For decades, game designers have been trying to get players to work together. At first, multiplayer games had a text chat – which was good, except that it is very difficult to play both a game and type specific instructions at the same time. In 1999, Counter-Strike popularized two possible solutions for this: pre-recorded voice lines and microphone support. They were, of course, imperfect. The first one allowed players to communicate a little more easily with each other, but you still had to search the menus to find the right message, and using it effectively meant taking hours to memorize the dozens of lines and associated keyboard shortcuts. The first one made communication much easier, but it required another piece of equipment and also meant that any stranger on the Internet was now more or less free to yell at you. Microsoft, apparently determined to trigger a new wave of multiplayer communication, is offering headsets with the 2005 launch of the Xbox 360. If everyone has a microphone, the thought has gone, then everyone would surely want to play games on Xbox Live. Of course, Microsoft has seriously underestimated the consequences of giving microphones to anonymous teenagers with short Internet connections and temperaments. Since then, we have seen developers take half-steps towards designing multiplayer games with good communication systems. In 2005, “Battlefield 2” introduced a tracking system where if a player saw an enemy, he only had to press a button and the position of that enemy was added to your team’s minimap. This was improved in 2006 in the “Battlefield 2142” by placing a real marker on enemies in a player’s HUD, and extended to a radial menu where players could select a handful of common voice commands. Valve’s “Team Fortress 2”, released in 2007, did not have the complex tracking system, but showed how to automate communication between players. As they approach the objectives, players automatically launch vocal lines imploring other players to help them capture them. Engineers announce every time they build something. There is even an option in the game to automatically call a doctor when your health is precarious. Both games probably raised the bar for what good communication between players could look like without having to use a microphone, but they were not perfect. In “Battlefield”, if someone kills an enemy you have spotted, you get points, which is a great way to use the game system to encourage positive team play, but most of the time, the games turn into a test shooting to be the first to kill the enemies spotted as they appear. And in “Team Fortress 2”, if the game does all the communication for you, after a few dozen hours, everything becomes background noise. This is not another player talking to you, it’s the game. Overall, most online multiplayer games support microphone, and communication options start and end there. In games like “PUBG” and “Fortnite” if you want to work coherently with a team of people, the easiest option is to 1. own a microphone and 2. team up with a group of friends who have microphones. Of course, a few like-minded people can join teams at random, but the combination of competitive multiplayer games and anonymity on the Internet is almost always in a toxic situation – doubly so if your teammates are homophobic, misogynistic, racist or transphone (most often all four!).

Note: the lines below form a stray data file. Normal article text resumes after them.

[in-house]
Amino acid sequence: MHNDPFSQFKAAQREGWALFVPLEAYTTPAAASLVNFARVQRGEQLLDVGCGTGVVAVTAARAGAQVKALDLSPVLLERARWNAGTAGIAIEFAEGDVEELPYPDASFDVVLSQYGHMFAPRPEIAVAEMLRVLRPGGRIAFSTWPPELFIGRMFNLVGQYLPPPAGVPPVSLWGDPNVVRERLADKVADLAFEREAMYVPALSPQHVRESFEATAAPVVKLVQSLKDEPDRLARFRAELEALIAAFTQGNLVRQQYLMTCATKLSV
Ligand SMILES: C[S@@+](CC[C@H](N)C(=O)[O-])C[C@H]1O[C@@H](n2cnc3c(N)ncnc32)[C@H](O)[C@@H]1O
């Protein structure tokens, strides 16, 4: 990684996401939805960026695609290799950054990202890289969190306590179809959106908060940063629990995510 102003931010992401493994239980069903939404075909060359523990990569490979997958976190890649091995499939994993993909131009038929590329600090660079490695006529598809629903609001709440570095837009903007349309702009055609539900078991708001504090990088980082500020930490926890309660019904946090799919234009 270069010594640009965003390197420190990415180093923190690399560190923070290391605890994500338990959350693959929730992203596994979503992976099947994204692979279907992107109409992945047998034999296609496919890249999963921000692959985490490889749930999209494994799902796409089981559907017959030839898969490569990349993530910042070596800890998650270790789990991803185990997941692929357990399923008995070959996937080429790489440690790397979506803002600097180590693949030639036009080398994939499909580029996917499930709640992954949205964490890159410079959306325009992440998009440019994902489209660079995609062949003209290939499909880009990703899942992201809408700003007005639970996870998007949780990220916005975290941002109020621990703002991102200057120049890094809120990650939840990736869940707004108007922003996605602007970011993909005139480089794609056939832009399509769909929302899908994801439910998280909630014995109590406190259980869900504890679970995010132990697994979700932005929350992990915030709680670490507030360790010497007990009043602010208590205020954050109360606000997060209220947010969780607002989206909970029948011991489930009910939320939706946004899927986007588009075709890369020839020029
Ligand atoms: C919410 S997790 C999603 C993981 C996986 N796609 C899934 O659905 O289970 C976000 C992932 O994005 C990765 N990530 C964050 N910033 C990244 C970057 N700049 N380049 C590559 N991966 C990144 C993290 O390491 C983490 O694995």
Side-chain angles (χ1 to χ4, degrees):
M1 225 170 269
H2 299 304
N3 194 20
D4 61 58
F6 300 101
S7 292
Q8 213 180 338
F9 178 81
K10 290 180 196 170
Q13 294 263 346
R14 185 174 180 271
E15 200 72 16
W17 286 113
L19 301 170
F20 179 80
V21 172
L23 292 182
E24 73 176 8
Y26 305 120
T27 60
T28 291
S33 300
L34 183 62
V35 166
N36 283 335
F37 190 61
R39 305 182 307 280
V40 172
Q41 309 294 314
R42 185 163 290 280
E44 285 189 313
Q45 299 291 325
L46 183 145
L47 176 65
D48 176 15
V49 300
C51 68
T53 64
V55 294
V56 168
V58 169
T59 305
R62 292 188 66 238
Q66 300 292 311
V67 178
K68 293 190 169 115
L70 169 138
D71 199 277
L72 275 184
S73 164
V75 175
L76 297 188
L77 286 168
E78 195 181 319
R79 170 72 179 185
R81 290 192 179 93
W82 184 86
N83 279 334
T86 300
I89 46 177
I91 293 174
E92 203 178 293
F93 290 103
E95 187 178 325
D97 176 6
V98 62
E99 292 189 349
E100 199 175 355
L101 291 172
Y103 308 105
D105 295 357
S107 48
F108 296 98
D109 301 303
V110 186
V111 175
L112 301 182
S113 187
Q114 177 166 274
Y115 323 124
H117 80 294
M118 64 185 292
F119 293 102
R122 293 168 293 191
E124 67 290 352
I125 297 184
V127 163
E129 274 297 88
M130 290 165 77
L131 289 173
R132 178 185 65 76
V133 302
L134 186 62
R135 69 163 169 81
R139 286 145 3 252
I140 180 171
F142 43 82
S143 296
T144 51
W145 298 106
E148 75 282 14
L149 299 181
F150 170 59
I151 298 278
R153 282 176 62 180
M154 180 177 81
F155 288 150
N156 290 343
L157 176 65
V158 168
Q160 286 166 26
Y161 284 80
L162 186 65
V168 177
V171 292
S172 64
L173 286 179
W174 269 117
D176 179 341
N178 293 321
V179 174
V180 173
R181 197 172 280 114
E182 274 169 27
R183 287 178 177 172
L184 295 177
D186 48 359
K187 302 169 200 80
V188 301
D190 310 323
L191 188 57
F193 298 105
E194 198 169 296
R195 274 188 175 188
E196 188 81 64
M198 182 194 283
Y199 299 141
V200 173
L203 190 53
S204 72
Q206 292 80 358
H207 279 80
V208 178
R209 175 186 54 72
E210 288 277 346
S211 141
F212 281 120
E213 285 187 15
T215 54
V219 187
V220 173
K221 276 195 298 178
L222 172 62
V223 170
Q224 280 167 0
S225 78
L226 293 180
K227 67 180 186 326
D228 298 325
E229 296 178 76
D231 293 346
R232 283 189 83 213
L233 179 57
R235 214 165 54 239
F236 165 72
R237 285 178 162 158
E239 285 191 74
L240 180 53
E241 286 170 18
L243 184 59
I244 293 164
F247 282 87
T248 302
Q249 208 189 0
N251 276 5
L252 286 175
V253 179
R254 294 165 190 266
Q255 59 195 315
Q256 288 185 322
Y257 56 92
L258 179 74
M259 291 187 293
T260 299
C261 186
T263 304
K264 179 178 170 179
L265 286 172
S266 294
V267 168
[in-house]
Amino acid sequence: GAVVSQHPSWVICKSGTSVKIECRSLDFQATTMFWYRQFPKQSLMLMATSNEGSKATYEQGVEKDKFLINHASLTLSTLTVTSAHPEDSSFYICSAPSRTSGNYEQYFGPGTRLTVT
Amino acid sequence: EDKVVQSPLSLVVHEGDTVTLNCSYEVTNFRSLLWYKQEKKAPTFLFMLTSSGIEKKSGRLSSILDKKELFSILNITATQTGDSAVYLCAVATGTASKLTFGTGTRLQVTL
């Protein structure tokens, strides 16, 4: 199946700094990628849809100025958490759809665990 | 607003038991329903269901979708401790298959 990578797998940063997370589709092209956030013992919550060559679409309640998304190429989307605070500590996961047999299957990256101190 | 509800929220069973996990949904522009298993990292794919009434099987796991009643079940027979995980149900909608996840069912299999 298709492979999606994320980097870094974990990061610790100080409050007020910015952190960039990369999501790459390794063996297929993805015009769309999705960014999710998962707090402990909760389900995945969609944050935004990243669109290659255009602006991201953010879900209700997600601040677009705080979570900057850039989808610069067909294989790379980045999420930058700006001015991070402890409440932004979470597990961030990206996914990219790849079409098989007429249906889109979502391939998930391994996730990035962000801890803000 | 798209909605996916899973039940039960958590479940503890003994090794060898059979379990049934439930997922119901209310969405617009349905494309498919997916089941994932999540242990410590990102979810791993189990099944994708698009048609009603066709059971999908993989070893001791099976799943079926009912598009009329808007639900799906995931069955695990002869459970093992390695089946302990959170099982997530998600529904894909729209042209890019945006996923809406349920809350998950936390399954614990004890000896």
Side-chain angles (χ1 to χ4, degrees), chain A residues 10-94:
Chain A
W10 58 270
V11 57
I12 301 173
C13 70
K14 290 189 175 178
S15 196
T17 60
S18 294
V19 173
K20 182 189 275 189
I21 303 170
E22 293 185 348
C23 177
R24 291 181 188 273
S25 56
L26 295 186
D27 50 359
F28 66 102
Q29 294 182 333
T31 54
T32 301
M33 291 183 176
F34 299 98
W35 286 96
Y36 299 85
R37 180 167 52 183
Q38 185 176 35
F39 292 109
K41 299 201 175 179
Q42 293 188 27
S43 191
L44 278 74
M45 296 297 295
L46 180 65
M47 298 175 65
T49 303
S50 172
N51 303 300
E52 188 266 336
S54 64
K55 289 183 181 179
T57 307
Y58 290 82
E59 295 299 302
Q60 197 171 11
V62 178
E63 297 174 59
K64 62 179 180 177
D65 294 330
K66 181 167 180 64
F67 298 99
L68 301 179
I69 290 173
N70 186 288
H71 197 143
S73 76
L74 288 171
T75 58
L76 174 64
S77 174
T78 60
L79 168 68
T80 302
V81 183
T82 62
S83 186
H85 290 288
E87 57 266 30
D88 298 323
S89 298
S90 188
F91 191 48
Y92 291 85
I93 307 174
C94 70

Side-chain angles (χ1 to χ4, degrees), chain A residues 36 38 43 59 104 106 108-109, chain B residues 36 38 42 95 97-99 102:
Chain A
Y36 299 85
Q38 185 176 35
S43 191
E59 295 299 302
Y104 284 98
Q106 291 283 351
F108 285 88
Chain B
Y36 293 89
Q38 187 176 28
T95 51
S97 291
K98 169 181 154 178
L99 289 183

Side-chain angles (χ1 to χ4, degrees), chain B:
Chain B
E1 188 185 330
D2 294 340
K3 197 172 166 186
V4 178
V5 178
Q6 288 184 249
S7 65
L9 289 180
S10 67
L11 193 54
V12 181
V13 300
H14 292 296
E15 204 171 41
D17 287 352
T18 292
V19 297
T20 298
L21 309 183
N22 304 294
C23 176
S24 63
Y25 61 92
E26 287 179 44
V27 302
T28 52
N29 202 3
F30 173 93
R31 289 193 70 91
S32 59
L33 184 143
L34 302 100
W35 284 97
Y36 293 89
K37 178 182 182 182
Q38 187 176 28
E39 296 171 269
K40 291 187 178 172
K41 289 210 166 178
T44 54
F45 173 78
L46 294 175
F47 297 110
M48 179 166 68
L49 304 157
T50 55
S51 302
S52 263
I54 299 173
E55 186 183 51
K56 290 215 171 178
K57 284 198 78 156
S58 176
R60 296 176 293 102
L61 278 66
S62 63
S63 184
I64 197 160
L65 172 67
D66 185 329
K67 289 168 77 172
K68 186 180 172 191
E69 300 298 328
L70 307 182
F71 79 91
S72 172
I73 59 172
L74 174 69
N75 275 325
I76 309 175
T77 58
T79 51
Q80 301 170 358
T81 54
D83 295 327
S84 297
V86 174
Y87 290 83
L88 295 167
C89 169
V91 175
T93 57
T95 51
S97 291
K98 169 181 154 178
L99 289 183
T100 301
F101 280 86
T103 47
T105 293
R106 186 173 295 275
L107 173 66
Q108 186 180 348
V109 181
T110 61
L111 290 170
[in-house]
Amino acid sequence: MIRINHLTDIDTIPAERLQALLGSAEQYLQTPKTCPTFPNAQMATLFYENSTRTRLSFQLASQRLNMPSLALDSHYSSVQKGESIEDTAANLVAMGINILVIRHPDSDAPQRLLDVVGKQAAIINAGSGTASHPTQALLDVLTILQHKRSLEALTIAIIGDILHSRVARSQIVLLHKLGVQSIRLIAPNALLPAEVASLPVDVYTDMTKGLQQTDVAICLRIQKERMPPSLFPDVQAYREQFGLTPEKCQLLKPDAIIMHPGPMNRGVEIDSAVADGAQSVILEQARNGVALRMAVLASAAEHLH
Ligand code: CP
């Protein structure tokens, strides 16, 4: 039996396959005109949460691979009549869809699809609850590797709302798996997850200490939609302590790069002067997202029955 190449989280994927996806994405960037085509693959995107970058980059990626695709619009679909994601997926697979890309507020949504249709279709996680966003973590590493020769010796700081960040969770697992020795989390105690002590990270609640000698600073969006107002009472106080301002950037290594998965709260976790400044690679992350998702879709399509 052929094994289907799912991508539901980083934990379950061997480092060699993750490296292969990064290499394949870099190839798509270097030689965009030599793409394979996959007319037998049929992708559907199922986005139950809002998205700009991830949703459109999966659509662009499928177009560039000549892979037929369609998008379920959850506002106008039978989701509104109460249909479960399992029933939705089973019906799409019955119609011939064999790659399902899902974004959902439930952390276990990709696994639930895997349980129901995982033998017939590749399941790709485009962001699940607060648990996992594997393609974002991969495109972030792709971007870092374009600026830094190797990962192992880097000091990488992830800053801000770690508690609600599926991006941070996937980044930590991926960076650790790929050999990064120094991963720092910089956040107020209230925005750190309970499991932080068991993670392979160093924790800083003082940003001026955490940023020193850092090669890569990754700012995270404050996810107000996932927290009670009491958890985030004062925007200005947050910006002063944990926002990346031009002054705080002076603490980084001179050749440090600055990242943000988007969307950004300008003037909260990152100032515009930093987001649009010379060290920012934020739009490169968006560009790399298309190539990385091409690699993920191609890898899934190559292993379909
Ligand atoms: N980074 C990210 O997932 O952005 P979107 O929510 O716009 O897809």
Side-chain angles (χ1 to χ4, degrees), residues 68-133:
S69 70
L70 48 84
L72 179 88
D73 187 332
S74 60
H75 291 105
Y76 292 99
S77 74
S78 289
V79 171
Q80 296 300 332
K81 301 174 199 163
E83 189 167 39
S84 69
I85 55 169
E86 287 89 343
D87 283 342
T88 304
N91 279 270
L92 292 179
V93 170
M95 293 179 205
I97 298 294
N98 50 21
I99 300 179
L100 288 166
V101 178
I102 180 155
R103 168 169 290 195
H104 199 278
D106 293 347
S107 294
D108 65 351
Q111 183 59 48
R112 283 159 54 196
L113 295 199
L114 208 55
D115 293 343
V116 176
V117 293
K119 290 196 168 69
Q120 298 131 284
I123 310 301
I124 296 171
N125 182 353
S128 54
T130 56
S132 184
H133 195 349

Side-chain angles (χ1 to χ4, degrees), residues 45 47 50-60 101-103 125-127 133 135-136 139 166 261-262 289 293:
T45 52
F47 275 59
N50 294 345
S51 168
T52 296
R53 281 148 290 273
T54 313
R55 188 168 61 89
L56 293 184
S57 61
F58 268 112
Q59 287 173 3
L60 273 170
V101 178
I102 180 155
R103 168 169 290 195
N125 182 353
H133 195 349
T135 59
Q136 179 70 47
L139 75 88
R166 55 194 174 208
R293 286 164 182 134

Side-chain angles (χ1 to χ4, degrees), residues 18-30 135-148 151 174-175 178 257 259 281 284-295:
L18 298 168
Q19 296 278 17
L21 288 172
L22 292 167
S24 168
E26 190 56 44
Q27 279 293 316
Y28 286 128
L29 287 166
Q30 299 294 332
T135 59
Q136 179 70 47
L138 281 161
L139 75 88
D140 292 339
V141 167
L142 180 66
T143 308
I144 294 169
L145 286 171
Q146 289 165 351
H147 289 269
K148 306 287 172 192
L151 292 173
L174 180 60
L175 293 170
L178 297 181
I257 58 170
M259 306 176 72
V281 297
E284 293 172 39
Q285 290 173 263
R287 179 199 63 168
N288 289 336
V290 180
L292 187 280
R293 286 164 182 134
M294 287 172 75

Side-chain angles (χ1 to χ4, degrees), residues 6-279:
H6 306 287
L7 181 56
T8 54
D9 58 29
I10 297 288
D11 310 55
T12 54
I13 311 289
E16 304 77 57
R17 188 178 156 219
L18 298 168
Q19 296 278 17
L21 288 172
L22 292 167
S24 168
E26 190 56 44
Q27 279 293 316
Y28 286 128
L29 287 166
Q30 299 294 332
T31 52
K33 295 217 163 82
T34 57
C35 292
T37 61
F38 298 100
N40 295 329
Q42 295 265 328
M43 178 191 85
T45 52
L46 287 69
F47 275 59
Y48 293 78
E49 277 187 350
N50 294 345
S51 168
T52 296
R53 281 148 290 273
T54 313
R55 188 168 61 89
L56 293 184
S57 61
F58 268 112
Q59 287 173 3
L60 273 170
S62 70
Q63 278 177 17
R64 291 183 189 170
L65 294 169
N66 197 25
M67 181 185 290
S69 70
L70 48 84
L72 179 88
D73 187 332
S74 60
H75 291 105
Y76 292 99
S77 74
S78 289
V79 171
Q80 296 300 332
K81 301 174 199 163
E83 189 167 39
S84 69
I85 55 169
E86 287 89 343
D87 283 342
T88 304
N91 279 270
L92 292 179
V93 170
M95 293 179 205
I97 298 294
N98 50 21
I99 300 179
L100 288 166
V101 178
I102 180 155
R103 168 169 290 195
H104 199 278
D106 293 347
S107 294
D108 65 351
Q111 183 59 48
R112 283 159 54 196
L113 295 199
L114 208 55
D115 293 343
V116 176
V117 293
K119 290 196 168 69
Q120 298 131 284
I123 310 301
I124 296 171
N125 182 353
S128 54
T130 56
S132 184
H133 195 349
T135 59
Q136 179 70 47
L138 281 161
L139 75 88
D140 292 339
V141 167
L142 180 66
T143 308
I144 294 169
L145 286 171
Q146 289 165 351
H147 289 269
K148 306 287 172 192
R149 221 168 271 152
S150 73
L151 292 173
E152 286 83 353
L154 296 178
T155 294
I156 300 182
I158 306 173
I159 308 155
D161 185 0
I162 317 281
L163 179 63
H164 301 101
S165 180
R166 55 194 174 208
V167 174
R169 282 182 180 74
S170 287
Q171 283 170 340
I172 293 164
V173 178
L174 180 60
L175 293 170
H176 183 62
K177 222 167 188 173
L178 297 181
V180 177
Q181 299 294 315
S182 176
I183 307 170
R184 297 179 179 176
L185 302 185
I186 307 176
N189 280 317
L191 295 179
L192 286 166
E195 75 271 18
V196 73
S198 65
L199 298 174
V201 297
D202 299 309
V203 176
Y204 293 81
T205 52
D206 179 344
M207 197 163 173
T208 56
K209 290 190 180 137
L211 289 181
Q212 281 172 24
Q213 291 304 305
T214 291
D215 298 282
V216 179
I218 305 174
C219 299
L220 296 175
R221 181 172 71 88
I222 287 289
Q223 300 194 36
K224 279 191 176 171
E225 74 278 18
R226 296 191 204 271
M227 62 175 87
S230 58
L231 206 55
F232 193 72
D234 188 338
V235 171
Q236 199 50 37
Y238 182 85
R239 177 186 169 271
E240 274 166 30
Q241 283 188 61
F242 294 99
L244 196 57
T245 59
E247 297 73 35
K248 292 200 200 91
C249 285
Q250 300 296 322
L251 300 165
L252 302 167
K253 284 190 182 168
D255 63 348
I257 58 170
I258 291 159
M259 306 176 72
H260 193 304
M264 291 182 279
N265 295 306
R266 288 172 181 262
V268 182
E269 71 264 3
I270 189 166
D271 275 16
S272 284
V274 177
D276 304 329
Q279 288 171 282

How can we get the players to work together, without a microphone?